Shut out of opportunities her whole life, when a door finally opened for Maria Elena, she jumped through and brought her community with her.
At 22 years old, Maria Elena has had lots of doors shut on her.
She came to the U.S. as an infant and has lived here without legal status that whole time. Even though she qualifies for the program, she was shut out of DACA. The State of Texas sued over the program and a judge shut the door to new applicants.
Without a work permit, she’s been shut out of the career she studied for and denied paychecks that reflect the true value of her work.
Without legal status, she could be shut away in a detention center. Or worse, deported away from her children.
The latest closed door: an expired ID was keeping her from claiming her income tax refund. Because she’s undocumented, Maria Elena doesn’t qualify for a U.S. government-issued ID. She does qualify for identification issued by her local Mexican Consulate.
The problem was, as much as she tried, she could not get through to the consulate to set up an appointment.
You might think that’s a pretty small problem, given everything Maria Elena is up against. But for immigrants like Maria Elena, the Mexican Consulate and the services they provide are a big deal.
When you’re an immigrant building a life in a new country, the consulate is a lifeline. But this lifeline can often be a barrier. Whether you need primary documents from back home or an ID, the consulate requires you to set up an appointment to receive help.
Getting an appointment is hard. The consulate has a telephone hotline and website to sign up for appointments. But LUPE members report problems and frustrations with those systems. As much as she called, Maria Elena couldn’t get through to schedule an appointment.
But Maria Elena is also a LUPE member. And through community organizing, LUPE members create doors where none exist.
Maria Elena was invited to speak at LUPE’s big annual event, the Cesar Chávez March. She shared her story of being shut out of DACA and called for immigration reform. Slated to speak after her was the head of the Mexican consulate in McAllen.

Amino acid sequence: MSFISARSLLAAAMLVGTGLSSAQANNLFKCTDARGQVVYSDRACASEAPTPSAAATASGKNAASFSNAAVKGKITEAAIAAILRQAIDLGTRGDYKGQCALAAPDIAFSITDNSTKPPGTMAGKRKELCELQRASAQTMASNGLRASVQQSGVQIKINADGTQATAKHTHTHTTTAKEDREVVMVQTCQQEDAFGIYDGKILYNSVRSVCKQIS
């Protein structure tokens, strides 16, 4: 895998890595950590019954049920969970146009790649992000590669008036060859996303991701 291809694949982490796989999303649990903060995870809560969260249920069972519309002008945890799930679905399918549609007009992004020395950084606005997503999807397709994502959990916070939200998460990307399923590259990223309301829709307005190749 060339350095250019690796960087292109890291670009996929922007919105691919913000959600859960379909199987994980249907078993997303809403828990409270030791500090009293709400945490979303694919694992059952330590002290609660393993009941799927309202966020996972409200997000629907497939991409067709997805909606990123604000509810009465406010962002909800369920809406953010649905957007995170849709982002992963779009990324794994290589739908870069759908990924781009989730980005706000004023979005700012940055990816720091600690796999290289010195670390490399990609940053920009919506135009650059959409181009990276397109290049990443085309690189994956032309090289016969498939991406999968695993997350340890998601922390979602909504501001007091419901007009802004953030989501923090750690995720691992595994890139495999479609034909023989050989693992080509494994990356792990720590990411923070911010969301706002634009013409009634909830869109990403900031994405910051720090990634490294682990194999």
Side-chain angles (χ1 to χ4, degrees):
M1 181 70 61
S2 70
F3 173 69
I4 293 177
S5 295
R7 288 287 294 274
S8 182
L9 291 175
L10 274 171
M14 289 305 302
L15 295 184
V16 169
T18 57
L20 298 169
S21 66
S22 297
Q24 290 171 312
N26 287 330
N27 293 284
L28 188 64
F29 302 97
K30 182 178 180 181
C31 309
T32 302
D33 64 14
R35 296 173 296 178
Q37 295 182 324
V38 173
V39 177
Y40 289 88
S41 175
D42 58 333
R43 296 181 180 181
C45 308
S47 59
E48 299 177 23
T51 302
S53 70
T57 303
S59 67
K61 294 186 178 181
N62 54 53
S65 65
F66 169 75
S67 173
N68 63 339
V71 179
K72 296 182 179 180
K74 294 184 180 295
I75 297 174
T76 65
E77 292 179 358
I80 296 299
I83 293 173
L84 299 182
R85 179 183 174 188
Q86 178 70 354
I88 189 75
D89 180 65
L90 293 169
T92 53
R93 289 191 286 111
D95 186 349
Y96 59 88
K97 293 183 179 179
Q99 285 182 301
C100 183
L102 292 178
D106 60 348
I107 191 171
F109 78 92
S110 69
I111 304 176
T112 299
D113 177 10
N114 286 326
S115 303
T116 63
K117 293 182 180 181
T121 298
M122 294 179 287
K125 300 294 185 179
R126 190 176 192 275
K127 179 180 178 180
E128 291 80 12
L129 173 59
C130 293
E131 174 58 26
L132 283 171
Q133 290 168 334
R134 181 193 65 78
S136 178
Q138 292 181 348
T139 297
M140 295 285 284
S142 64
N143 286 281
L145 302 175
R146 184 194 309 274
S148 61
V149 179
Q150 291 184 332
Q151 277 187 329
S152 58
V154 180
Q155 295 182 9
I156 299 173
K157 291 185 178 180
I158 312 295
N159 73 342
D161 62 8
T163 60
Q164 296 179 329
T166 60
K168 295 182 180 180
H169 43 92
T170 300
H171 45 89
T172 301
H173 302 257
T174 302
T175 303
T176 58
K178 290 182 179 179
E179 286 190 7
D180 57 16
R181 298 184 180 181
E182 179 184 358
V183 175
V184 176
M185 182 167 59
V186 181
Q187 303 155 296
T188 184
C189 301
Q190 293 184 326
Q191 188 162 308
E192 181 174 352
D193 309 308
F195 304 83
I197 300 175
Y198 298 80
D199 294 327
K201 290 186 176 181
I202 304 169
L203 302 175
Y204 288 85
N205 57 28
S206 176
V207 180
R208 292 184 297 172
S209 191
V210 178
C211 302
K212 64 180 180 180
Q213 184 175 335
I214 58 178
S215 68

Empowered by her involvement with LUPE, she approached the Consul, Mr Hugo René Oliva Romero. She explained her frustration not being able to get an appointment. She also shared her involvement with LUPE and her colonia.
Impressed, Consul Oliva Romero helped her set up an appointment. When she arrived at the consulate, the staff gave her what she calls VIP treatment. She walked right in when dozens of her neighbors had struggled to get their own appointments.
But walking through that door meant she got a direct line to the top of a bureaucracy standing in the way of a good life for her and her Mexican immigrant neighbors. She knew she had to do something to get her neighbors in as well.
During her appointment, she asked the Consul to come to her colonia and meet with her neighbors. He agreed.
With LUPE’s help, she passed out flyers inviting her neighbors to the meeting. She expected dozens of people to attend.
Hundreds showed up. People came from her colonia and beyond. The Mexican Consul and his staff helped dozens of them set up appointments for the following weeks.
On top of that, the outpouring of concern and frustration at the meeting made the consulate set up a new way for community members to make appointments. Now, in addition to a website and hotline, community members can go to the consulate office in person and staff will help them sign up for an appointment.
Maria Elena saw how she made a difference in her neighbors’ lives. Now, she wants to do more. She joined her neighbors’ efforts to get the county to install streetlights and open a community center in her colonia.
For generations LUPE has led change in our Valley through organizing and investing in members. Each time we assist a LUPE member like Maria Elena to join with their neighbors toward a common goal, we harness pueblo power toward social change.